• Create to-go bags for your home and your car, with enough clothing, supplies, water and food to last for a couple of days, or better, a week.
  • Take photos of your credit cards, insurance policies, and any important paperwork.
  • Discuss an evacuation plan with family, friends, and neighbors.
  • Sign up for your community alert programs, like Nixle.
  • Buy an emergency radio.
  • Post a list: “What needs to be grabbed and where the heck is it?”
  • Review homeowners insurance coverage on floods, earthquakes, and fire risk.
  • If you reside in a fire prone area, buy an air purifier to protect your lungs.
  • Shift appliances, heating and cooling, from gas to electric to save energy.
  • Check with your water district to determine if they have money-saving rebates. They usually do.

“Never doubt that a small group of thoughtful, committed, citizens
can change the world. Indeed, it is the only thing that ever has.”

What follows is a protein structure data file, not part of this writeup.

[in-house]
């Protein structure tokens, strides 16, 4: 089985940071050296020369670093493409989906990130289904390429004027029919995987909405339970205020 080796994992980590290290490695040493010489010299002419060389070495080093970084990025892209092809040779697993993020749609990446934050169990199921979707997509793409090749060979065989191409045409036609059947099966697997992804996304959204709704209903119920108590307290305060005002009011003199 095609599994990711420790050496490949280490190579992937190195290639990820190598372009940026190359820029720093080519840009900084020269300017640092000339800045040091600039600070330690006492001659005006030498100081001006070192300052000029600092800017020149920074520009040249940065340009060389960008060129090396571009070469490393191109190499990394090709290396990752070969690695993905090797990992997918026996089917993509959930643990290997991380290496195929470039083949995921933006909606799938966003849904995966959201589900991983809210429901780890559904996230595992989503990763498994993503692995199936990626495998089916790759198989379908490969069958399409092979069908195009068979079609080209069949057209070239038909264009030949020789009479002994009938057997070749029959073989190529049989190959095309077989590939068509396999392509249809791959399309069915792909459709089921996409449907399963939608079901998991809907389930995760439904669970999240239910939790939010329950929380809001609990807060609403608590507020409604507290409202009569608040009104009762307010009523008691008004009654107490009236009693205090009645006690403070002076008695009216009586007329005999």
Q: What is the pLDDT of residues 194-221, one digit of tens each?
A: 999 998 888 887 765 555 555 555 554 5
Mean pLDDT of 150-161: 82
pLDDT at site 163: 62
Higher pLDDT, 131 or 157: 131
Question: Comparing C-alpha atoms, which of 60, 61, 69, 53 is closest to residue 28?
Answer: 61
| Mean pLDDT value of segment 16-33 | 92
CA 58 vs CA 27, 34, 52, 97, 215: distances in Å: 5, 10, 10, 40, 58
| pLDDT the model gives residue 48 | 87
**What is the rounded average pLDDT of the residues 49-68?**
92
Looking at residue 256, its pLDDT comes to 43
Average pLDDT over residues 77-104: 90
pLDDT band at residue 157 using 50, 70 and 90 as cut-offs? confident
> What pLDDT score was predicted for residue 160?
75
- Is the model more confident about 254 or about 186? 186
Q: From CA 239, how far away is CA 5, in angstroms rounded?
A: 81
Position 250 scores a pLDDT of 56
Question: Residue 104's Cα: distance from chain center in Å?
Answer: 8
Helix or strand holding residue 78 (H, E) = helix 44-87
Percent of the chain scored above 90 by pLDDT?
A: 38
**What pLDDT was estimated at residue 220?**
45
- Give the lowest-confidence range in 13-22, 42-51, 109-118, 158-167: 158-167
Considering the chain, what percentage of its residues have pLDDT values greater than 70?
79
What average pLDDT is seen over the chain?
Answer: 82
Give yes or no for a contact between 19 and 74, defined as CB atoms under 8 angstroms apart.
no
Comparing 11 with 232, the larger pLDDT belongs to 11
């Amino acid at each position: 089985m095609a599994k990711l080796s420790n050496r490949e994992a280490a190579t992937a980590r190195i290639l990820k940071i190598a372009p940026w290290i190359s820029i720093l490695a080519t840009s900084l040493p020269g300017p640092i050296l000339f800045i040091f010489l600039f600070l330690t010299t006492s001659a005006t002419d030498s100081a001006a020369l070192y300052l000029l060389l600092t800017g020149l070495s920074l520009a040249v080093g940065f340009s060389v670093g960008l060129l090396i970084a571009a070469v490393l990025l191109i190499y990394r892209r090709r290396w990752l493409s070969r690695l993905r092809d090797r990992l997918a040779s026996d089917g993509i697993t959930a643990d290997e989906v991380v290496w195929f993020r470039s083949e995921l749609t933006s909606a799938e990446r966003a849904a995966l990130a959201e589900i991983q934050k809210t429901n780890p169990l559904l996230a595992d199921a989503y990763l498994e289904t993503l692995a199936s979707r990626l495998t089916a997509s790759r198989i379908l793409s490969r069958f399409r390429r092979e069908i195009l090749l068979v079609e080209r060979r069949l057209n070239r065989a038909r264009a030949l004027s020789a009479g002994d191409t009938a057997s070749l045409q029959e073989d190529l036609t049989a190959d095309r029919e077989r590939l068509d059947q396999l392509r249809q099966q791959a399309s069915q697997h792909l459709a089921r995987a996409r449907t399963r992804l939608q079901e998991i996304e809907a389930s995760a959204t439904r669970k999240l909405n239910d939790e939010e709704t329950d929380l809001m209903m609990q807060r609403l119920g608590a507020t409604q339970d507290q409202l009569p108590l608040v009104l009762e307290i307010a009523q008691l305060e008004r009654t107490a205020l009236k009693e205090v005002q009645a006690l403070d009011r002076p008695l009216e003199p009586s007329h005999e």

– Margaret Mead

trees reflective in glass globe

Landfill less and compost more, your garden (and the planet) will thank you.

As a gardener, I realized that I’ve sort of taken for granted that most everyone knows what composting is. As I’ve been getting better informed about what I can do in my day-to-day activities, I decided to share with you the role composting plays in creating a healthy landscape and gardens.

Composting is the process of turning kitchen and yard waste into a decomposed soil amendment, which gardeners consider to be “black gold”, which is good for the garden and the environment.

To become part of the composting collective that includes the gardeners, homeowners, and climate changemakers — do a quick Google search for your county’s Master Gardener Cooperative Extension website. There you’ll learn about your area’s composting program and also connect with helpful information and resources.


Top Picks From My Climate-Positive Garden Amazon Store